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Z Lompo-Ouedraogo, D van der Heide, EM van der Beek, HJ Swarts, JA Mattheij and L Sawadogo

In view of the traditional belief that Acacia nilotica ssp adansonii (AN) can stimulate milk production in lactating women, experiments were performed to determine the effect of an aqueous extract of AN on milk production in rats. Female rats that received oral doses of aqueous extract of this plant during their first lactation produced about 59% more milk than controls (P<0.01). Pup weight gain was also significantly higher than that in the control group. A lower dose, comparable to that used by women to improve their milk yield, led to about 33% more milk with the same growth rate for pups as that in the high-dose group. The extract of AN was found to stimulate the synthesis and release of prolactin (PRL) significantly (P<0.05). In addition, the mammary glands of oestrogen-primed rats treated with the extract showed clear lobuloalveolar development with milk secretion. This study demonstrates that the aqueous extract of AN can stimulate milk production and PRL release in the female rat and could consequently have the properties claimed for lactating women.

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J A M Mattheij, J J M Swarts, P Lokerse, J T van Kampen and D Van der Heide

Abstract

The pituitary-ovarian axis was studied after withdrawal of thyroid hormone in 131I-radiothyroidectomized adult female rats. Oestrous cycles became prolonged and irregular within 2 weeks after the supply of thyroid hormone was stopped. If an LH surge occurred in hypothyroid rats on the day of vaginal pro-oestrus it was significantly greater in rats which had been made hypothyroid for 4–5 weeks than in controls; in hypothyroid rats with an LH surge on pro-oestrus, plasma progesterone showed a rise similar to that in controls at pro-oestrus; the ovulation rate was decreased in hypothyroid rats. About half of the rats from which blood was sampled daily in the afternoon between 7 and 18 days after tri-iodothyronine (T3) withdrawal had 1 day of pro-oestrus; on this day the LH surge was higher than in controls. On days 2 and 1 before and days 1 and 2 after this pro-oestrus, plasma progesterone was similar to that of controls on days 2 and 1 before and days 1 and 2 after pro-oestrus respectively. However, progesterone was higher in the period before and after these days. The other hypothyroid rats showed no pro-oestrus and no LH surge during this period, while their plasma progesterone levels were high on all days. On the morning of day 10 after T3 withdrawal and 5 days after the preceding pro-oestrus, most hypothyroid rats had high progesterone and low oestradiol plasma levels. In these rats, injection of gonadotrophin-releasing hormone caused a relatively small increase in LH; it did not stimulate the secretion of oestradiol or progesterone, and it did not induce ovulation. It was concluded that hypothyroidism induces major changes in the secretion of steroids by corpora lutea and growing follicles. Whether the changed steroid metabolism is the primary cause of the observed prolongation of the oestrous cycles, the increased pro-oestrous LH surge and the reduced ovulation rate remains to be investigated.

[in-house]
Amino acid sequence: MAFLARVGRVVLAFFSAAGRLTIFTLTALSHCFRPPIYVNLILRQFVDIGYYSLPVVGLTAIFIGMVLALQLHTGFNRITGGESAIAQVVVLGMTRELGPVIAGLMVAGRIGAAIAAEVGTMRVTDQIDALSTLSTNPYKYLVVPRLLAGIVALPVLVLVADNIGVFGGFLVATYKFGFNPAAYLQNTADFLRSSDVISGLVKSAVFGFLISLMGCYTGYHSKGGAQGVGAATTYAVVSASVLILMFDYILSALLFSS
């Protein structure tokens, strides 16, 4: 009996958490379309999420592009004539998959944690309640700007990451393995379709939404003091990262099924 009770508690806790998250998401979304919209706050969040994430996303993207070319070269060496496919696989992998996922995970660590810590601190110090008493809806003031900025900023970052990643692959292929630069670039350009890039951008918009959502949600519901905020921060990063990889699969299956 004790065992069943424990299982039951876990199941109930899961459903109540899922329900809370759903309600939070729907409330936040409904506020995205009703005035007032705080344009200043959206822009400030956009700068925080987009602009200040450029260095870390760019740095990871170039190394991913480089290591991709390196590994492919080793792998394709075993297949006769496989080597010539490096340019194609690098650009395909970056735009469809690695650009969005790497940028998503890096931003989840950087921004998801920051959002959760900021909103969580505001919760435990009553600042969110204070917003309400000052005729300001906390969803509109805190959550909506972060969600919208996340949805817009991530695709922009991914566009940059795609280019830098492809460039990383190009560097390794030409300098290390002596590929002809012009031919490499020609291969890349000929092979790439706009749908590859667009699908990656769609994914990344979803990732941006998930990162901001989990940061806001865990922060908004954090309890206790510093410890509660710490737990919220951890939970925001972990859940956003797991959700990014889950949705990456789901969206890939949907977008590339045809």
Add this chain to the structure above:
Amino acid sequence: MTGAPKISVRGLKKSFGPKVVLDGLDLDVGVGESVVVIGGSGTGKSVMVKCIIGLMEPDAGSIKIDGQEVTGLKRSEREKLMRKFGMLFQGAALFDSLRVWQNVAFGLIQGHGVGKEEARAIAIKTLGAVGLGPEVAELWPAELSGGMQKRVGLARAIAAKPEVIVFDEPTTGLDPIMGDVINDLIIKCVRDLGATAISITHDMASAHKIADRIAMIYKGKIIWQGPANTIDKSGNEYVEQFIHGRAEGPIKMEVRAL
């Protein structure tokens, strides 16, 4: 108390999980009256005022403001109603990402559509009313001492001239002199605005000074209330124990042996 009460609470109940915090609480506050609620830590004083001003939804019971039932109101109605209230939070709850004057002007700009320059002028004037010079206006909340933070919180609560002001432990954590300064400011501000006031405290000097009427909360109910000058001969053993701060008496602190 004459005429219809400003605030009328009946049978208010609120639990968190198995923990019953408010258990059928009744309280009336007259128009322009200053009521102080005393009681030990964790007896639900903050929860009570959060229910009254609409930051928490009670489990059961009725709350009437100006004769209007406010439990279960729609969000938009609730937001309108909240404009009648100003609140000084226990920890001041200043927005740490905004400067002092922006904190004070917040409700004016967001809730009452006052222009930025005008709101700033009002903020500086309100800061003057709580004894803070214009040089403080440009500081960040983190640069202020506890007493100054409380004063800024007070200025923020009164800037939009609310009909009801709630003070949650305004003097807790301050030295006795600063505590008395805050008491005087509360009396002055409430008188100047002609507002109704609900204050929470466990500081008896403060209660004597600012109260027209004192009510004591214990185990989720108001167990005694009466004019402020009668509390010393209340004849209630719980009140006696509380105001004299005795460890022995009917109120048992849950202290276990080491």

Journal of Endocrinology (1995) 146, 87–94

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P. H. L. M. Geelhoed-Duijvestijn, F. Roelfsema, J. P. Schröder-van der Elst, J. van Doorn and D. van der Heide

ABSTRACT

We have studied the effects of the administration of GH on plasma levels and peripheral production of tri-iodothyronine (T3) from thyroxine (T4) in thyroidectomized male Wistar rats given a continuous i.v. infusion of T4 (1 μg/100 g body weight per day) and GH (120 μg per day) for 3 weeks. Tracer doses of 131I-labelled T3 and 125I-labelled T4 were added to the infusion. At isotopic equilibrium (10 days after the addition of 125I-labelled T4) the rats were bled and perfused.

The plasma appearance rate for T3 was higher (10·6±1·3 vs 8·4 ± 2·8 pmol/h per 100 g body weight, P = 0·05) and plasma TSH was lower (246±24 vs 470±135 pmol/l, P<0·01) in GH-treated rats. The amount of T3 in liver (12·3 ±2·8 vs 5·5 ± 1·7 pmol/g wet weight, P<0·01), kidney (11·5±1·4 vs 6·5± 1·4 pmol/g wet weight, P <0·01) and pituitary (8·8 ±2·7 vs 4·8±0·5 pmol/g wet weight, P< 0·01) was higher than in controls, mainly as a result of an increased local production of T3 from T4, but plasma-derived T3 was also higher in most organs.

We found an increased intracellular T3 concentration in the pituitary which may be responsible for the lower plasma TSH concentration in the GH-treated rats. Since the increase in locally produced T3 is found particularly in liver, kidney and pituitary, typical organs that express 5′-deiodinase activity, we suggest that GH acts on thyroid hormone metabolism by stimulating type-I deiodinase activity.

Journal of Endocrinology (1992) 133, 45–49